Yet, due to the addicting nature of social media we often find the tool controlling us.  I rarely log on to Facebook.  Not because I dislike it, but because I like it too much - an hour goes by before I've even realized it and I still haven't accomplished the task I originally logged in to do.  That was an hour wasted.  An hour I could have spent accomplishing something, learning something, really investing in myself or in another human being.  (Again, not that our social media can't be used as a tool to do these things, but I for one will admit to it causing me a LOT of wasted time also.)  Maybe, just maybe, the fixed attention on the wall of constant status updates and random pictures might be leaving us hollow inside - or worse, feeling like we've been torn apart by a chainsaw.  Maybe, just maybe, in doing so we're following only shadows and echoes of reality?

The irony is that I just spent time writing something that few people will actually read.  Why?  Because it isn't on Facebook.  :)

GRAFFITI Photo Philosophy 101 TEL AVIV signed phipps y moran Flipping Gypsy Photography Featured in New Art Review free mat Ready To Frame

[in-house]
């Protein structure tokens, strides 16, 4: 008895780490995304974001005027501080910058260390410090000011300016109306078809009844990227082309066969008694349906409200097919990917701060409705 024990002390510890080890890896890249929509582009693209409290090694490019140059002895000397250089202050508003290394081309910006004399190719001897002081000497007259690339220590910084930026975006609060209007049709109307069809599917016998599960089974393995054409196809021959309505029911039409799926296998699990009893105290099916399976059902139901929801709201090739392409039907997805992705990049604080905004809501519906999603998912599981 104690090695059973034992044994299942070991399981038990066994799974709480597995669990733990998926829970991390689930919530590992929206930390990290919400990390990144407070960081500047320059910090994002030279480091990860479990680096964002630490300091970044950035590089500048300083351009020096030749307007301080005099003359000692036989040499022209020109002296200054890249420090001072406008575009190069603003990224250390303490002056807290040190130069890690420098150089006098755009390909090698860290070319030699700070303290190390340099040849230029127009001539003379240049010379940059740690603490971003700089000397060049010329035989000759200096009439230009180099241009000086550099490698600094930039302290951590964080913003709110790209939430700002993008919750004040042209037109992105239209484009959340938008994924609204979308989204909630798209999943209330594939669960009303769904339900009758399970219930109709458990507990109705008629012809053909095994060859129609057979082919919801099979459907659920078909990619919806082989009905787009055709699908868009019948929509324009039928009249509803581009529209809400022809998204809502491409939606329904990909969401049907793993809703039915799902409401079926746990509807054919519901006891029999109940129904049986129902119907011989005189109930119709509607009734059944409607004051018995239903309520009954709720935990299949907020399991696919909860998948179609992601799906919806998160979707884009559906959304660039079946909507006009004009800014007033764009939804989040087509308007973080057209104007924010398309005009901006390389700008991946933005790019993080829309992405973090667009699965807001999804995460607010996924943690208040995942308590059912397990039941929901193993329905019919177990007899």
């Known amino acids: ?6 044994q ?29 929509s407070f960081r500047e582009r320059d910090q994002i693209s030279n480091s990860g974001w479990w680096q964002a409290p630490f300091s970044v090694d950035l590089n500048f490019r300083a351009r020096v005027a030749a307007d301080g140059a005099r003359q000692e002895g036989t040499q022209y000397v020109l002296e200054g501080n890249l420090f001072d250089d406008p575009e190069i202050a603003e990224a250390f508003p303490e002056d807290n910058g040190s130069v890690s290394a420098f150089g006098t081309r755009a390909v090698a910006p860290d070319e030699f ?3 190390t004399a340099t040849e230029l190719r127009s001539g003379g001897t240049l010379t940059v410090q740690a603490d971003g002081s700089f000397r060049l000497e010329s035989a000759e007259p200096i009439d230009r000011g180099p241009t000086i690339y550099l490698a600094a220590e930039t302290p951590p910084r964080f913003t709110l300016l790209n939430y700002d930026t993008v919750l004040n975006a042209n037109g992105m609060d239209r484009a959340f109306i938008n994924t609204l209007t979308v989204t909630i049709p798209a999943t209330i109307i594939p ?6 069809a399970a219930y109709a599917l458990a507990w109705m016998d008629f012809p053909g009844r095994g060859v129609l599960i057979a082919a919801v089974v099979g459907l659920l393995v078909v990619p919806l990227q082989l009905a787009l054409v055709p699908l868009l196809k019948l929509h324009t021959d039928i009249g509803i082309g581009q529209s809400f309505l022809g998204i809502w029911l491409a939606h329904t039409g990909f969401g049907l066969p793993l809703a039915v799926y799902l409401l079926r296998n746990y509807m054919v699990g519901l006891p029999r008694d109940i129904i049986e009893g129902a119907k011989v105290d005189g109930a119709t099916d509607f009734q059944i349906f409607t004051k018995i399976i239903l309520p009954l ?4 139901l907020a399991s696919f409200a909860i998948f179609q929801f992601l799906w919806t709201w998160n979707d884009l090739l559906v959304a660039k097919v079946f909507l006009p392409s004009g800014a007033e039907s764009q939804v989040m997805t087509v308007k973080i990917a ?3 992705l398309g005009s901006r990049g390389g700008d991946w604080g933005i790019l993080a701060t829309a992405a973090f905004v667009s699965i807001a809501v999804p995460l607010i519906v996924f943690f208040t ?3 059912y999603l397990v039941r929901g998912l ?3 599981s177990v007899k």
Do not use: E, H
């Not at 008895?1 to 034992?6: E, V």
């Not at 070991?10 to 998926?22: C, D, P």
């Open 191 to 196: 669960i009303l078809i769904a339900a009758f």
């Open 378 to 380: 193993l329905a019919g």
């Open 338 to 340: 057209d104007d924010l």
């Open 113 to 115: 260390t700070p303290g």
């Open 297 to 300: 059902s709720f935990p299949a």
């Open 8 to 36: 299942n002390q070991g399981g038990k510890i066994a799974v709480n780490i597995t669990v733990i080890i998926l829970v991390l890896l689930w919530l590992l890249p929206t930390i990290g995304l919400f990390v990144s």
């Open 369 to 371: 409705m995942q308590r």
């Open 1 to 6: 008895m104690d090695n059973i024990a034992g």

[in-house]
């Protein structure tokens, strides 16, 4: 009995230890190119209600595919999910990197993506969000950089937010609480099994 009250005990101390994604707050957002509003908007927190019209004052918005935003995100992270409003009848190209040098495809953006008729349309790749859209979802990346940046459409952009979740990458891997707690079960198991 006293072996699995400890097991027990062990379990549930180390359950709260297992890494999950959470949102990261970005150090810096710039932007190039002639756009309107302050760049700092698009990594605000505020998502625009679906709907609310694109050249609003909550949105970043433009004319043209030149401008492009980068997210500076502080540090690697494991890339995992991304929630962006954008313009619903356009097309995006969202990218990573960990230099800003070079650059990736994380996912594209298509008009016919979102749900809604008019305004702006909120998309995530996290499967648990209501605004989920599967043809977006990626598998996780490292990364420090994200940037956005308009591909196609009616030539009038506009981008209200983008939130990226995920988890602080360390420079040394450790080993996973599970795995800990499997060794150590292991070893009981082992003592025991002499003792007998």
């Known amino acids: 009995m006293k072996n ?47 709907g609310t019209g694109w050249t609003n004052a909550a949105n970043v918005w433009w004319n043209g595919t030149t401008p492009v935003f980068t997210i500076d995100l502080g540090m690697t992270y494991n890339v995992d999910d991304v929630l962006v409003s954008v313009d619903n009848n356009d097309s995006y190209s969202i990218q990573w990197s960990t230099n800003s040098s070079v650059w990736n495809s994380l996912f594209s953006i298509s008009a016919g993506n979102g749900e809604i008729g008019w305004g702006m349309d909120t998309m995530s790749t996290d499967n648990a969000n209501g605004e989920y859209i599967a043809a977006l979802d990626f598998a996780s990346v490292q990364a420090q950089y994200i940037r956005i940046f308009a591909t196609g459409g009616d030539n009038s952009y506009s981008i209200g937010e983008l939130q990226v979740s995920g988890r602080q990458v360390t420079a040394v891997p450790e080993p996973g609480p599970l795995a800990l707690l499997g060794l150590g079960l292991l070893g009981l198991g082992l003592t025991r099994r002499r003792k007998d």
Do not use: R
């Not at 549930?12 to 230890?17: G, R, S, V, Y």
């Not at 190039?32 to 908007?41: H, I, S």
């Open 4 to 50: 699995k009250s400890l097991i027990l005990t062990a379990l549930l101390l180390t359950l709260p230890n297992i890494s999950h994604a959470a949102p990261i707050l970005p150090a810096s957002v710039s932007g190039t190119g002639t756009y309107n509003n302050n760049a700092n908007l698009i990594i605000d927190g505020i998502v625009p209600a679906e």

Compliments of Too Artful for You.  Order a print of this photograph here, or visit the Etsy shop here.

Thursday, November 3, 2011

Like a Sharpie Mustache

You know those fabled camp pranks that you pull on innocent sleeping people?  Hand in a bowl of hot water, sharpied-on facial hair, shaving cream in hand and feather to the nose...you get the idea.  Our house is a bit like that.


I've been a little tired lately and we've been out of coffee for two days.  This morning I sat down in the recliner to feed Thomas while Sophie and Elijah played with blocks at my feet.  A moment of blissful peace.  And I promptly fell asleep.

10 minutes later I awoke to this:

The good news?  Body cream makes a great hair conditioner and fabric softener, and our basement now smells like "Night Blooming Jasmine." 

Tuesday, November 1, 2011

Danke Uncle Paul

This was mentioned in the last post - but I figured a little more appreciation was called for.  While in Germany, Elijah's Uncle/Godfather Paul got him an uber lederhosen.  Here are some more pictures of the dapper boy.  (And Paul, please consider this your thank you note...)